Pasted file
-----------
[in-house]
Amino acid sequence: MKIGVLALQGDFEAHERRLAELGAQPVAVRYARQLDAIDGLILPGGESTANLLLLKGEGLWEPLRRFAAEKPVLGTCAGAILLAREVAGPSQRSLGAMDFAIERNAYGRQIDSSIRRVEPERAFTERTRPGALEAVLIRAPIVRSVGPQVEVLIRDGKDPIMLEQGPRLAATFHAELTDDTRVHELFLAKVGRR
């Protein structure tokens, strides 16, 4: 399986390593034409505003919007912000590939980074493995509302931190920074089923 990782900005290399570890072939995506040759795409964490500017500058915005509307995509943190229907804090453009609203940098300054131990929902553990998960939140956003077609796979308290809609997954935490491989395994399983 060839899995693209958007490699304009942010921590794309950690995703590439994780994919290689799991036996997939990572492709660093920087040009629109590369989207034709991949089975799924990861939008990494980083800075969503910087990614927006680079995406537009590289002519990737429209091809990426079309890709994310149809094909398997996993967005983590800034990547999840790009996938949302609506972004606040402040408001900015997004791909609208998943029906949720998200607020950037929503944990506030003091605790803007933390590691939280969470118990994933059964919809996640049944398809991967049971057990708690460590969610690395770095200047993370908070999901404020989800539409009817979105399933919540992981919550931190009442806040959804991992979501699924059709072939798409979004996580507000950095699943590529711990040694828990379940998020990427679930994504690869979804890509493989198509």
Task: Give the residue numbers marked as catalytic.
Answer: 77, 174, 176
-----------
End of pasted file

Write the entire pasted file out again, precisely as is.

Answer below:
[in-house]
Amino acid sequence: MKIGVLALQGDFEAHERRLAELGAQPVAVRYARQLDAIDGLILPGGESTANLLLLKGEGLWEPLRRFAAEKPVLGTCAGAILLAREVAGPSQRSLGAMDFAIERNAYGRQIDSSIRRVEPERAFTERTRPGALEAVLIRAPIVRSVGPQVEVLIRDGKDPIMLEQGPRLAATFHAELTDDTRVHELFLAKVGRR
């Protein structure tokens, strides 16, 4: 399986390593034409505003919007912000590939980074493995509302931190920074089923 990782900005290399570890072939995506040759795409964490500017500058915005509307995509943190229907804090453009609203940098300054131990929902553990998960939140956003077609796979308290809609997954935490491989395994399983 060839899995693209958007490699304009942010921590794309950690995703590439994780994919290689799991036996997939990572492709660093920087040009629109590369989207034709991949089975799924990861939008990494980083800075969503910087990614927006680079995406537009590289002519990737429209091809990426079309890709994310149809094909398997996993967005983590800034990547999840790009996938949302609506972004606040402040408001900015997004791909609208998943029906949720998200607020950037929503944990506030003091605790803007933390590691939280969470118990994933059964919809996640049944398809991967049971057990708690460590969610690395770095200047993370908070999901404020989800539409009817979105399933919540992981919550931190009442806040959804991992979501699924059709072939798409979004996580507000950095699943590529711990040694828990379940998020990427679930994504690869979804890509493989198509």
Task: Give the residue numbers marked as catalytic.
Answer: 77, 174, 176